SALT LAKE CITY — Republican candidates for the U.S. Senate sharply disagree on earmarks, term limits, banning the importation of foreign radioactive waste to Utah and even whether to buy state convention delegates dinners to woo them.

That's according to their answers to a questionnaire sent jointly by the Deseret News, KSL, the Utah Foundation and the Hinckley Institute of Politics. Full answers are now available by clicking here.

Only four of the eight current GOP candidates answered the questionnaire before the deadline: Sen. Bob Bennett, Tim Bridgewater, Merrill Cook and Mike Lee.

As would be expected for a group of Republicans, they agree on most issues: including opposing "Obamacare," fighting deficit spending, calling for tougher action against illegal immigration, opposing stimulus spending and making it easier to drill for oil and gas on public lands.

But they divide sharply on a few issues, most notably on whether using "earmarks" — where a senator designates spending for home-state projects — is good. All of Bennett's challengers have attacked his earmarking, and they did it again in the questionnaires.

Lee said it "creates the appearance of and the potential for political corruption." Bridgewater said current earmarking "is not fair, nor is it transparent." Cook supports earmarks only if they are voted on by the entire Senate and are transparent.

Bennett, however, vigorously defends them. "If Congress no longer earmarked money, the power would simply transfer over to President Obama, and I am not willing to let that happen. … If I refused to earmark money, it would simply mean that the money would end up being spent in Chicago or New York instead of Utah."

As an example, Bennett said, "The president's decision to cancel the Constellation and Ares space programs (to return to the moon) will cost Utah over 2,000 jobs. … The only way to reinstate funding for Constellation and Ares is by earmarking money through the appropriations process."

The candidates also disagree over a House-passed bill — which is stalled in the Senate — that would ban importing foreign low-level radioactive waste to Utah. The bill is designed to block such importation, which is proposed by EnergySolutions.

Bennett, who has received large donations from EnergySolutions, opposes the bill and has helped block it in the Senate. Lee, who as an attorney has represented EnergySolutions on the issue, said he would support the bill if it were changed to allow phasing in of the ban over several years.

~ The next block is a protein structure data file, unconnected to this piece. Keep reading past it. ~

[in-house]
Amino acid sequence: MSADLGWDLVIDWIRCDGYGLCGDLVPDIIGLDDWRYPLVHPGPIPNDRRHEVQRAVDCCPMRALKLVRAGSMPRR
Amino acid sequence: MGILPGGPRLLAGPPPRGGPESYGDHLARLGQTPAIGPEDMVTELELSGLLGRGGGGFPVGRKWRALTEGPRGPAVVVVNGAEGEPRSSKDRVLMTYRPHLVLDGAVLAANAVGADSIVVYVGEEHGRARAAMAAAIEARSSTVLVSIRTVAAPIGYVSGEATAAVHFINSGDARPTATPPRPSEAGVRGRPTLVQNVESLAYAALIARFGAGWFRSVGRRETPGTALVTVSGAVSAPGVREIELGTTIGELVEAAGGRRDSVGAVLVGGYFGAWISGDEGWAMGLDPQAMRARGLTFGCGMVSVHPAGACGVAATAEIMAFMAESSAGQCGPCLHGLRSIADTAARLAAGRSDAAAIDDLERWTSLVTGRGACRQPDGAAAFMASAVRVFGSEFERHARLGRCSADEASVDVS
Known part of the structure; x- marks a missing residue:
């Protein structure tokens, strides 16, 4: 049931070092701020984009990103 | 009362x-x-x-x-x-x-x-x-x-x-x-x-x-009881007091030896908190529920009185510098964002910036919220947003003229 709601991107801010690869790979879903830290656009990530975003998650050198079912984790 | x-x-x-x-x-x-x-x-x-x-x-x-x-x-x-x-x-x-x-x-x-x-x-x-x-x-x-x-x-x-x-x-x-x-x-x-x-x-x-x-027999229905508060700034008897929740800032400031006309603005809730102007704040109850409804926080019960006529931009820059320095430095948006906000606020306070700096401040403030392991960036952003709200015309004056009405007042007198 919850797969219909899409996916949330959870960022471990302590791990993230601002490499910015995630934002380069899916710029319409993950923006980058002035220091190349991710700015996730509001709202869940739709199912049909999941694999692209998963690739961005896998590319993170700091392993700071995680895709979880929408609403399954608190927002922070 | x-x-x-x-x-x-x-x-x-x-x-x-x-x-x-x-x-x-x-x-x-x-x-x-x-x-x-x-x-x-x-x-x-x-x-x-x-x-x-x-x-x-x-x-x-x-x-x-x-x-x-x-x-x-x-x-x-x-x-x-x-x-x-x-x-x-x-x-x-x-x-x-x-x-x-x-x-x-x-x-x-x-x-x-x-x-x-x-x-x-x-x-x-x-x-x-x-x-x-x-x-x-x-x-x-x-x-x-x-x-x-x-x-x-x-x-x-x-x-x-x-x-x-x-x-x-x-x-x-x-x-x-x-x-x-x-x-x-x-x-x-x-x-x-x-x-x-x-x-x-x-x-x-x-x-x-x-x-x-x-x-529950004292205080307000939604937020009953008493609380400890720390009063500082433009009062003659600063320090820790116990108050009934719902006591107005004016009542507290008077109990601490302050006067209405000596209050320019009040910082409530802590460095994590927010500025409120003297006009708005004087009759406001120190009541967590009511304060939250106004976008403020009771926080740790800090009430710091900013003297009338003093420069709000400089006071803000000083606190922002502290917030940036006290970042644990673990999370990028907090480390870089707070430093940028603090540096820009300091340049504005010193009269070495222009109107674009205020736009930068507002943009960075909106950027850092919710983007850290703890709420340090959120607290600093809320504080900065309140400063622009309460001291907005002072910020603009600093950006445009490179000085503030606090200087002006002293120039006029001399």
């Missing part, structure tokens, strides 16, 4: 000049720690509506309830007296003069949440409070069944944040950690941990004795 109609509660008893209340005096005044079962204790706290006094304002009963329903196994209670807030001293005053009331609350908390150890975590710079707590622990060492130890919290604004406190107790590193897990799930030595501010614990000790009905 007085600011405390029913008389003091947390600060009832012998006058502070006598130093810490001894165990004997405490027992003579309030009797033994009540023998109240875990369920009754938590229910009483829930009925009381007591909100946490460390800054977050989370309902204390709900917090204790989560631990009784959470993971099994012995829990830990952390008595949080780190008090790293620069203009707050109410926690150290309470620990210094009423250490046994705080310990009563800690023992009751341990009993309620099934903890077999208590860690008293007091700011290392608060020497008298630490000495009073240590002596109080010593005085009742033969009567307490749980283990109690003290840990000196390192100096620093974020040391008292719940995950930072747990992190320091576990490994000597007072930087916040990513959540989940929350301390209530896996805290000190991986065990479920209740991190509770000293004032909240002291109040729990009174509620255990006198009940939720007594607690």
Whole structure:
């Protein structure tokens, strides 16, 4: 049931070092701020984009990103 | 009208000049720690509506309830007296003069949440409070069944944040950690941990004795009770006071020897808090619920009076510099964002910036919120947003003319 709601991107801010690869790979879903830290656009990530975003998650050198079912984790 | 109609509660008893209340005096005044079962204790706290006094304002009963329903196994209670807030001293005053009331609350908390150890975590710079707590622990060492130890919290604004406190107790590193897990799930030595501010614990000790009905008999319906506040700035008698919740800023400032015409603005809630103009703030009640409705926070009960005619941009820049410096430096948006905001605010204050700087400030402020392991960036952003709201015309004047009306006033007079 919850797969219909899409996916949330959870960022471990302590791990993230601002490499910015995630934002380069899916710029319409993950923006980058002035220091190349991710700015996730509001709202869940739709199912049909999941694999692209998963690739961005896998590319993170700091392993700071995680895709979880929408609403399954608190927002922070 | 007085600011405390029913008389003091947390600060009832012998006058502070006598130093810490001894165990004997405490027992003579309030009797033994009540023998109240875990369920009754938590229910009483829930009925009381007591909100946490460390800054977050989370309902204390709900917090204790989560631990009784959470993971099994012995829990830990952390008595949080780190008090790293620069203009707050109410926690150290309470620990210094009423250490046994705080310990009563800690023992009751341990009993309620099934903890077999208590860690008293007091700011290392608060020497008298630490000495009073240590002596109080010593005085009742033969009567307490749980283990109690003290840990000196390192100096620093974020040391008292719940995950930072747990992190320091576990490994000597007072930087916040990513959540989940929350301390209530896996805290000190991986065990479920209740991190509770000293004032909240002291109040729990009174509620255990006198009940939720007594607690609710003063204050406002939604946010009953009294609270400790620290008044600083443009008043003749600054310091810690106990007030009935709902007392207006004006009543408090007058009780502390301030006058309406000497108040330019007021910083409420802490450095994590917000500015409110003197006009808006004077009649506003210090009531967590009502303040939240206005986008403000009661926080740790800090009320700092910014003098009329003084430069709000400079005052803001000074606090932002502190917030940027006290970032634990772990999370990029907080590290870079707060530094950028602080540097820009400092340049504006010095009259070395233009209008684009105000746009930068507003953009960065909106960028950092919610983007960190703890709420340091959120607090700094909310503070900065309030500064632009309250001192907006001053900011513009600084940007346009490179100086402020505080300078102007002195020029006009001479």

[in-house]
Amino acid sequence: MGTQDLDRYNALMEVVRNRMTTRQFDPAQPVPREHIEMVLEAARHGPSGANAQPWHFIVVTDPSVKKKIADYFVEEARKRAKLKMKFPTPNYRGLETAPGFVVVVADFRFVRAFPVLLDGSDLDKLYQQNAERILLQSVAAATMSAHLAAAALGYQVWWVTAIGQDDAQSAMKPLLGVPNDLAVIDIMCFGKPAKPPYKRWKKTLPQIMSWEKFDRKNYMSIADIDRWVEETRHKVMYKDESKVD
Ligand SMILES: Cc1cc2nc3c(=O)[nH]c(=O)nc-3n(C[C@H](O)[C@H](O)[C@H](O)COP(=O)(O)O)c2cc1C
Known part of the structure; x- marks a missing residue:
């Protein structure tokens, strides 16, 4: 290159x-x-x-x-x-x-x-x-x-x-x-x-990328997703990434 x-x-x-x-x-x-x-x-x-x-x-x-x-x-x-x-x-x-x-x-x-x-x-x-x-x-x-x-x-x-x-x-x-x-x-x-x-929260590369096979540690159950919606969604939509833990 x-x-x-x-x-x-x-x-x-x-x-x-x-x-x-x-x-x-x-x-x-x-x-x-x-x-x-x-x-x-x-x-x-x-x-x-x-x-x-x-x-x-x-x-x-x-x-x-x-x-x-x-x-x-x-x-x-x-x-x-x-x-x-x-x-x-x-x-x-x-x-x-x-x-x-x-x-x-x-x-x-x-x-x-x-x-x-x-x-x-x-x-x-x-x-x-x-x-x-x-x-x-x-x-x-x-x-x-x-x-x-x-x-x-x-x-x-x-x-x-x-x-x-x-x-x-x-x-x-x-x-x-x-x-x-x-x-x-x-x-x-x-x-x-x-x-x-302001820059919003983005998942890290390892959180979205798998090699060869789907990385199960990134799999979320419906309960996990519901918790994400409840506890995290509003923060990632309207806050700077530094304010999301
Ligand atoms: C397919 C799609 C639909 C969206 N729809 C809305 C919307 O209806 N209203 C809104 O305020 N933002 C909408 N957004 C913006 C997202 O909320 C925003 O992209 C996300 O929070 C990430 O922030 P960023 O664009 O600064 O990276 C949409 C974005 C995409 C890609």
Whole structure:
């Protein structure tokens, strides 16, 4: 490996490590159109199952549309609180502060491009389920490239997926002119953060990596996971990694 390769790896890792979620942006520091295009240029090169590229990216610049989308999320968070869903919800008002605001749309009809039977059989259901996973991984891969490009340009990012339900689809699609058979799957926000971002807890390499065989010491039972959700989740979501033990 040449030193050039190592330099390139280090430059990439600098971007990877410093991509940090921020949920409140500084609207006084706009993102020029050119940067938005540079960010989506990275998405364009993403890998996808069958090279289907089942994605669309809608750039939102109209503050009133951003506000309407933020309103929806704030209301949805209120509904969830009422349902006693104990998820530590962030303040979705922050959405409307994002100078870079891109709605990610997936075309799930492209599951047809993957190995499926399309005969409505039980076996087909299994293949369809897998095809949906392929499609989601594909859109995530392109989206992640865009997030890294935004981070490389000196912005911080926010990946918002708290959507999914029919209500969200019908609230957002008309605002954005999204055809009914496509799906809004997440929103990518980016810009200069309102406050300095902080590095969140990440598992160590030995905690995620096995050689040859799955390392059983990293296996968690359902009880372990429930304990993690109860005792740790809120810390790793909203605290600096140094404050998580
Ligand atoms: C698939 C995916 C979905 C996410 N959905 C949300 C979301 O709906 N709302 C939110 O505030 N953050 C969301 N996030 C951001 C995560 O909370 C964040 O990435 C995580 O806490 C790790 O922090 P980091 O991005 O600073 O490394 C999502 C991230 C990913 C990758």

Cook said he would vote for the ban. Bridgewater said he favors allowing states to decide whether they will accept such waste.

The candidates also disagreed on term limits. Bennett — who once vowed to serve only two terms but is now seeking his fourth — said he would "only support term limits if they are implemented across the board and in both major parties, but I am firmly opposed to unilateral disarmament."

Lee said term limits "provide the only effective means of eliminating the seniority system in Congress," but said he would put no limits on his own service "until such limits have been put in place across the board."

Bridgewater said he supports term limits because "the longer a senator is in office, the more his re-election depends on special interests' money rather than on the voters." He vowed to serve no more than three six-year terms if elected.

Cook said that he not only favors term limits, he helped place a term-limit initiative on the Utah ballot in 1994 and would vow to serve no more than 12 years.

Of interest, only Bennett acknowledged in the questionnaire wooing state GOP delegates by giving them free dinners. "I am meeting with delegates face-to-face over breakfast, lunch, dinner or meetings." The others said they are not buying delegates dinners.

On some other issues, Bridgewater, Cook and Lee all said they favor repealing the federal income tax and replacing it with a national sales tax — while Bennett said he would need to review that and other alternatives more.

Bridgewater, Cook and Lee also favor ending the practice that allows children of illegal immigrants who are born in America to become automatic U.S. citizens. All of the candidates generally favor tough action against illegal immigration.

The May 8 Utah Republican Convention will narrow the current field of eight GOP candidates. If any of them achieve 60 percent of delegate votes in several rounds of voting, they become the GOP nominee. Otherwise, the top two face off in a primary.